Stem Cell Work Permits Production of Unlimited Quantities of Cystic Fibrosis Lung Tissue for Drug Testing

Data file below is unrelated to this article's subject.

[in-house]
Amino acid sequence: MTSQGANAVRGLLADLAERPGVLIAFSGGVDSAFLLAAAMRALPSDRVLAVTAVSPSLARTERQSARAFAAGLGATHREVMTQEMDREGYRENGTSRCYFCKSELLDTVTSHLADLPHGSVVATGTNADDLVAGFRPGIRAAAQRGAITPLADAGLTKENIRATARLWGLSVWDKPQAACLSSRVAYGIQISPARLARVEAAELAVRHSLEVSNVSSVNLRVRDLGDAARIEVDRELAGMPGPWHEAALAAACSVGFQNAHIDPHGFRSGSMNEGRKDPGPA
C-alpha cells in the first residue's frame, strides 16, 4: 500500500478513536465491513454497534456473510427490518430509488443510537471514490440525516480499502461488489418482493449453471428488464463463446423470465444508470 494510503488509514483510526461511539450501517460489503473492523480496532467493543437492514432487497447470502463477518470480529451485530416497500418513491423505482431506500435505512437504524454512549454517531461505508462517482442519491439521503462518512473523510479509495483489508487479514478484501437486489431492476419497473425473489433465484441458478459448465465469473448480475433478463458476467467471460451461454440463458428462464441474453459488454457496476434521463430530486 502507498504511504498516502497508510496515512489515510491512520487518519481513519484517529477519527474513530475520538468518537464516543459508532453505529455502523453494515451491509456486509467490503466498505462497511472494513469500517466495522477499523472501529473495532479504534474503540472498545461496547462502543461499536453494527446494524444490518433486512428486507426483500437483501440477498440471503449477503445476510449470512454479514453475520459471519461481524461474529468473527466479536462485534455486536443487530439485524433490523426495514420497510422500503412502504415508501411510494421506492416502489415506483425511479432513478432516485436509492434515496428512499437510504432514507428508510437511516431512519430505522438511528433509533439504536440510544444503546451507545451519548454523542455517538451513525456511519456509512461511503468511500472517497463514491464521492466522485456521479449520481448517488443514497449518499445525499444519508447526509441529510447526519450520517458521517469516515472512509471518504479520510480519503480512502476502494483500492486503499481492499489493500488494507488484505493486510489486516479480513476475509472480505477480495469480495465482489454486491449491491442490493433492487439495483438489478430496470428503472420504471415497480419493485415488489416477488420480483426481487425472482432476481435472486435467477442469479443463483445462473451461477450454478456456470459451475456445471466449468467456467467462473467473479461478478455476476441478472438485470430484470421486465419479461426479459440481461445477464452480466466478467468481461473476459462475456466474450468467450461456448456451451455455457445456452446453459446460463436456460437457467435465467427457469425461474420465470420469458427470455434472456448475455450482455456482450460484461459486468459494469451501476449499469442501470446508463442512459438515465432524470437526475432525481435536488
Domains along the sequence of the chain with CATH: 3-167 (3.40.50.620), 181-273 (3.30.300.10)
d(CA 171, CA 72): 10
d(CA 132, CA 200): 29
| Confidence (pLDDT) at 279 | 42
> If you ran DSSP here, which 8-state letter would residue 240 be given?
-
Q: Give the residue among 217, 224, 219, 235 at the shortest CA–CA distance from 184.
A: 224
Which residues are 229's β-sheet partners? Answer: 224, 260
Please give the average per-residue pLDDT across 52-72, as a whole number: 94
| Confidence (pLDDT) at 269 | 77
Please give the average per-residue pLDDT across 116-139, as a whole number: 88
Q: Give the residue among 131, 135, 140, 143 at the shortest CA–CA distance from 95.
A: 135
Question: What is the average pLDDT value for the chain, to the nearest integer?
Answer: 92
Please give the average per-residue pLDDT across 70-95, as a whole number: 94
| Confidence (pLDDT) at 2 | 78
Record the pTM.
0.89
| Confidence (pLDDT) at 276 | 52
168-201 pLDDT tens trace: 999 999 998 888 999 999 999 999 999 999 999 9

Harvard stem cell researchers at Massachusetts General Hospital (MGH) have taken a critical step in perhaps making possible the discovery, in the relatively near future, of a drug to control cystic fibrosis (CF), a fatal lung disease that claims about 500 lives each year, with 1,000 new cases diagnosed annually. Beginning with the skin cells of patients with CF, Jayaraj Rajagopal, M.D., and colleagues first created induced pluripotent stem (iPS) cells, and then used those cells to create human disease-specific functioning lung epithelium, the tissue that lines the airways and is the site of the most lethal aspect of CF, where the mutant genes cause irreversible lung disease and inexorable respiratory failure. That tissue, which researchers can now grow in unlimited quantities in the laboratory, contains the delta-508 mutation, the mutation responsible for about 70 percent of all CF cases and 90 percent of the ones in the United States. The tissue also contains the G551D mutation, a mutation that is involved in about 2 percent of CF cases and the one cause of the disease for which there is now a drug. The work is featured on the cover of the April 6, 2012 issue of Cell Stem Cell. Postdoctoral fellow Hongmei Mou, Ph.D., is first author on the paper, and Dr. Rajagopal is the senior author. Dr. Mou credits learning the underlying developmental biology in mice as the key to making tremendous progress in only two years. "I was able to apply these lessons to the iPS cell systems," she said. "I was pleasantly surprised the research went so fast, and it makes me excited to think important things are within reach.
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